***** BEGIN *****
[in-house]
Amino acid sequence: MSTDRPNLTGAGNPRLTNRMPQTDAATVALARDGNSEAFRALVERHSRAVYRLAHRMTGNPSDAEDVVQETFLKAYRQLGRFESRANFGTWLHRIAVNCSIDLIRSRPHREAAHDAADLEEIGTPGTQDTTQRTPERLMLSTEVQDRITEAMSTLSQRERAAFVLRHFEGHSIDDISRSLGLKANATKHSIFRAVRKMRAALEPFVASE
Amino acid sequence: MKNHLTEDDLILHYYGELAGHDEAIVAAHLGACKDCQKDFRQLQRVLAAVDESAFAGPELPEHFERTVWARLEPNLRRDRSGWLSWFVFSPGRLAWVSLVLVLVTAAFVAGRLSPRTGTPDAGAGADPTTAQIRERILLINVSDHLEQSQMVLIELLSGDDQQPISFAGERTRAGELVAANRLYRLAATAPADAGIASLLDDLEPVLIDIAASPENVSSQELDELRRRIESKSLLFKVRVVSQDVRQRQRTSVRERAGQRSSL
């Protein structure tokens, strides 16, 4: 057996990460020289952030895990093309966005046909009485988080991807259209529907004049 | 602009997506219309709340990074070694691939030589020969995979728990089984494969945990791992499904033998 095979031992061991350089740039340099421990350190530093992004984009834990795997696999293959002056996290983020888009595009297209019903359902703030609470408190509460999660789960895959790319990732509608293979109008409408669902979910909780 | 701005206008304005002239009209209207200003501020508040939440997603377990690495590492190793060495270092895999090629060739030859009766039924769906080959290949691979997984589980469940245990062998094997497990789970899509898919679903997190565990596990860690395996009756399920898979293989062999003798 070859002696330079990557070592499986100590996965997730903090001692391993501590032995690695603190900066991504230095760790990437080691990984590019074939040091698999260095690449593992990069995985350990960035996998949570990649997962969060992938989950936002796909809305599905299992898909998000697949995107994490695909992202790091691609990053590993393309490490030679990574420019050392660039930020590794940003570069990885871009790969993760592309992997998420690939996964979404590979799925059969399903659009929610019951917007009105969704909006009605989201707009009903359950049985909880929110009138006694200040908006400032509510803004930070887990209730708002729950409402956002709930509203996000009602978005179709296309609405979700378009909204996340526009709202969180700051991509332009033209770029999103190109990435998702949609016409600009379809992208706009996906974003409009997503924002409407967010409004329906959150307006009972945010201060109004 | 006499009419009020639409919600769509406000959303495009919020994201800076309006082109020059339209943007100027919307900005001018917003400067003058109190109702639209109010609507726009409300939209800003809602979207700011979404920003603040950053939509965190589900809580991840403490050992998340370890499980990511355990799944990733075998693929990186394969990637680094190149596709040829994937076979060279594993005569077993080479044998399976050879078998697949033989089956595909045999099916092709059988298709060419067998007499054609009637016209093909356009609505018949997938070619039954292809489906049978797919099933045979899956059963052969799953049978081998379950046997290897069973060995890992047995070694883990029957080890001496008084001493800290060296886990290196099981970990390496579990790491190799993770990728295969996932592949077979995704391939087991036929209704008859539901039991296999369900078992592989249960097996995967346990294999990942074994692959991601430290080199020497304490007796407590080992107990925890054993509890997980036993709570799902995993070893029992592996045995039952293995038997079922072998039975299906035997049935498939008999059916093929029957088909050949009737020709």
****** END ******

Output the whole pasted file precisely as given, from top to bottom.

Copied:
[in-house]
Amino acid sequence: MSTDRPNLTGAGNPRLTNRMPQTDAATVALARDGNSEAFRALVERHSRAVYRLAHRMTGNPSDAEDVVQETFLKAYRQLGRFESRANFGTWLHRIAVNCSIDLIRSRPHREAAHDAADLEEIGTPGTQDTTQRTPERLMLSTEVQDRITEAMSTLSQRERAAFVLRHFEGHSIDDISRSLGLKANATKHSIFRAVRKMRAALEPFVASE
Amino acid sequence: MKNHLTEDDLILHYYGELAGHDEAIVAAHLGACKDCQKDFRQLQRVLAAVDESAFAGPELPEHFERTVWARLEPNLRRDRSGWLSWFVFSPGRLAWVSLVLVLVTAAFVAGRLSPRTGTPDAGAGADPTTAQIRERILLINVSDHLEQSQMVLIELLSGDDQQPISFAGERTRAGELVAANRLYRLAATAPADAGIASLLDDLEPVLIDIAASPENVSSQELDELRRRIESKSLLFKVRVVSQDVRQRQRTSVRERAGQRSSL
């Protein structure tokens, strides 16, 4: 057996990460020289952030895990093309966005046909009485988080991807259209529907004049 | 602009997506219309709340990074070694691939030589020969995979728990089984494969945990791992499904033998 095979031992061991350089740039340099421990350190530093992004984009834990795997696999293959002056996290983020888009595009297209019903359902703030609470408190509460999660789960895959790319990732509608293979109008409408669902979910909780 | 701005206008304005002239009209209207200003501020508040939440997603377990690495590492190793060495270092895999090629060739030859009766039924769906080959290949691979997984589980469940245990062998094997497990789970899509898919679903997190565990596990860690395996009756399920898979293989062999003798 070859002696330079990557070592499986100590996965997730903090001692391993501590032995690695603190900066991504230095760790990437080691990984590019074939040091698999260095690449593992990069995985350990960035996998949570990649997962969060992938989950936002796909809305599905299992898909998000697949995107994490695909992202790091691609990053590993393309490490030679990574420019050392660039930020590794940003570069990885871009790969993760592309992997998420690939996964979404590979799925059969399903659009929610019951917007009105969704909006009605989201707009009903359950049985909880929110009138006694200040908006400032509510803004930070887990209730708002729950409402956002709930509203996000009602978005179709296309609405979700378009909204996340526009709202969180700051991509332009033209770029999103190109990435998702949609016409600009379809992208706009996906974003409009997503924002409407967010409004329906959150307006009972945010201060109004 | 006499009419009020639409919600769509406000959303495009919020994201800076309006082109020059339209943007100027919307900005001018917003400067003058109190109702639209109010609507726009409300939209800003809602979207700011979404920003603040950053939509965190589900809580991840403490050992998340370890499980990511355990799944990733075998693929990186394969990637680094190149596709040829994937076979060279594993005569077993080479044998399976050879078998697949033989089956595909045999099916092709059988298709060419067998007499054609009637016209093909356009609505018949997938070619039954292809489906049978797919099933045979899956059963052969799953049978081998379950046997290897069973060995890992047995070694883990029957080890001496008084001493800290060296886990290196099981970990390496579990790491190799993770990728295969996932592949077979995704391939087991036929209704008859539901039991296999369900078992592989249960097996995967346990294999990942074994692959991601430290080199020497304490007796407590080992107990925890054993509890997980036993709570799902995993070893029992592996045995039952293995038997079922072998039975299906035997049935498939008999059916093929029957088909050949009737020709």